ETHNIC MINORITIES AND POLITICS: The British Electoral System
Britain is a multi-ethnic society. Ethnic minorities now make up ten percent of the population and have the right to vote and stand for elections. Their participation in the electoral system gives them the opportunity to express their views. Their representation in politics is crucial to achieve equality of opportunity in the political system, as well as in other fields. Due to their concentration in certain areas, ethnic minority participation is becoming increasingly significant. This book examines how they have exercised their political rights and changing trends of political participation among ethnic minorities, building on the author’s previous work.
The book covers immigration and settlement patterns in Britain and analyses registration levels, turnout patterns, voting behaviours and attitudes to the political process. It discusses election issues, attitudes towards race relations, under-representation, and suggests the way forward. It concludes that there is progress but Britain has a long way to go in providing equality for ethnic minorities in the decision-making process.
The book would interest academics, students, political parties, political activists, those in the field of race relations, the media and the general public concerned with race, ethnicity and politics. It would also appeal to readers in other countries in similar situations.
Paperback: 216 pages
Publisher: LAP Lambert Academic Publishing
Ethnic Minority Youth Crime in Birmingham: Prevention and Good Practice
Muhammad Anwar and Sameera Tahira Ahmed
With the recent ethnic riots in Birmingham it is no surprise that a new report by researchers at the University of Warwick declares Birmingham to be a leading city on ethnic minority youth crime - the surprise is that they mean Birmingham is leading the way in innovation in its design of programmes to prevent ethnic minority youth crime. However the report notes that the schemes only touch the lives of a few hundred such young people and calls for this work to be extended to serve thousands rather than just hundreds. The report also calls for more co-ordination of effort and for real consultation with young people.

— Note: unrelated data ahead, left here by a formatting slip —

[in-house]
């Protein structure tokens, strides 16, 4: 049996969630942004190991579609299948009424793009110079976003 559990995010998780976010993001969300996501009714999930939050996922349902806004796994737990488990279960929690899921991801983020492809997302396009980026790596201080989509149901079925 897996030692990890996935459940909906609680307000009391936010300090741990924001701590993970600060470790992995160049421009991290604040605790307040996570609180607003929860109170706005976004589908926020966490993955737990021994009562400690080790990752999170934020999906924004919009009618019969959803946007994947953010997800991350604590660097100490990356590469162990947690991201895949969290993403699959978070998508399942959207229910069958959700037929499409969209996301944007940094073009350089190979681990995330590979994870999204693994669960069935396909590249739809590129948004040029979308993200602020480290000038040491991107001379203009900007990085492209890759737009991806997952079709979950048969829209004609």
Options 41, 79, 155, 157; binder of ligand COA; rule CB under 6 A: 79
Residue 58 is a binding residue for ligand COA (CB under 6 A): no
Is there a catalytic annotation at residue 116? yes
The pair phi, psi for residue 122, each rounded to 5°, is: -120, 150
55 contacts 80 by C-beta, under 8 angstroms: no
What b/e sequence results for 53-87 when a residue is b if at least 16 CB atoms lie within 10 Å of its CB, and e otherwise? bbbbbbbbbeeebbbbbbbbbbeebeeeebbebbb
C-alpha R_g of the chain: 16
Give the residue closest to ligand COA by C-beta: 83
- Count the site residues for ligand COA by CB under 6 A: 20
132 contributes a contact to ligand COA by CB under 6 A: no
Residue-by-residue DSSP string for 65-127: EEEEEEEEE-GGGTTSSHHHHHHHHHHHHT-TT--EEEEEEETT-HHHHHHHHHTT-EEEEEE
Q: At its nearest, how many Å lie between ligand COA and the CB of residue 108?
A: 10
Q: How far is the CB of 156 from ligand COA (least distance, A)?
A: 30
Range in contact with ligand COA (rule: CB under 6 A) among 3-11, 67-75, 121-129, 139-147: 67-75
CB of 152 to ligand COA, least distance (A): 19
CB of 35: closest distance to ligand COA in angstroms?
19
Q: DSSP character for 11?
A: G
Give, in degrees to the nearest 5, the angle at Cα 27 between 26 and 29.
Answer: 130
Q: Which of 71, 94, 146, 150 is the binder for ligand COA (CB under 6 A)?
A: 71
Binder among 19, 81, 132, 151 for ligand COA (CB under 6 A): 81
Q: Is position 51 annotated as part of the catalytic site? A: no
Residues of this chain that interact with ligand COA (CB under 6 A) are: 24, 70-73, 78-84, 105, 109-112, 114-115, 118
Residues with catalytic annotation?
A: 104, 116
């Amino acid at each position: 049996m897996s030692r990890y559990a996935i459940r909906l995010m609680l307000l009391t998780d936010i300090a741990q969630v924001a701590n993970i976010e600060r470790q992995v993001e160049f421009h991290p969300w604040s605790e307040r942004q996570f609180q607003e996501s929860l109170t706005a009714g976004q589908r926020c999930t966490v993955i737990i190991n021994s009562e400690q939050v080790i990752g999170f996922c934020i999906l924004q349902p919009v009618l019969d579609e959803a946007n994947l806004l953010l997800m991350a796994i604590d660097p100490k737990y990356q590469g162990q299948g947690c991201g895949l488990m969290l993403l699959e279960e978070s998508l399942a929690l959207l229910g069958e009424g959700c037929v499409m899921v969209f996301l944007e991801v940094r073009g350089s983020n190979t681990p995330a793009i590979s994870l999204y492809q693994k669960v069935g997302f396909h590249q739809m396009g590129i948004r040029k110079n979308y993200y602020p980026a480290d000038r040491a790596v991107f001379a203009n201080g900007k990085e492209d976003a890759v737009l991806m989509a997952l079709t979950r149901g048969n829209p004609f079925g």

The report welcomes the recognition of Birmingham agencies that perceived high levels of ethnic minority youth crime are really the result of stark geographic realities. Ethnic minorities are disproportionately represented in inner city areas (half the city's Afro-Caribbean population and 70% of the Asian population are in six wards Handsworth, Soho, Aston, Ladywood, Sandwell, & Sparkbrook) and the ethnic minority population is much younger than the white population (50% of ethnic minorities are under 29 compared with 37% of whites). Social conditions in the city also present particular challenges. Afro-Caribbean pupils are 4-6 times more likely to be excluded from school at a younger age for fewer and less serious offences than white pupils and ethnic minorities face much higher unemployment. Black African and South Asian men are twice as likely to be unemployed as white men (35% of Pakistani men and 42% of Bangladeshi men were unemployed).
Muslims in Prison: Challenge and Change in Britain and France
James A. Beckford, Danièle Joly and Farhad Khosrokhavar
The authors have based their findings upon original sociological research into the different responses of British and French authorities to the increasing numbers of Muslims in prison. Interviews with inmates and prison staff in various prisons show that Britain and France make sharply different provisions of the practice of Islam. The well-established practice of Christian chaplaincy in British prisons has been so well adapted to the needs of Muslims that Islam is becoming institutionalised and cemented into the structure of prisons. By contrast, French prisons provide relatively few opportunities for Muslim prisoners to practice their religion under the leadership of qualified Imams. Consequently, varieties of do-it-yourself Islam and of Muslim extremism flourish unofficially on the margins of French prisons. The book's conclusions point to the different policy implications of the British and French ways of responding to Muslim prisoners.
October 2005 - 304pp
Published by Palgrave Macmillan, Basingstoke.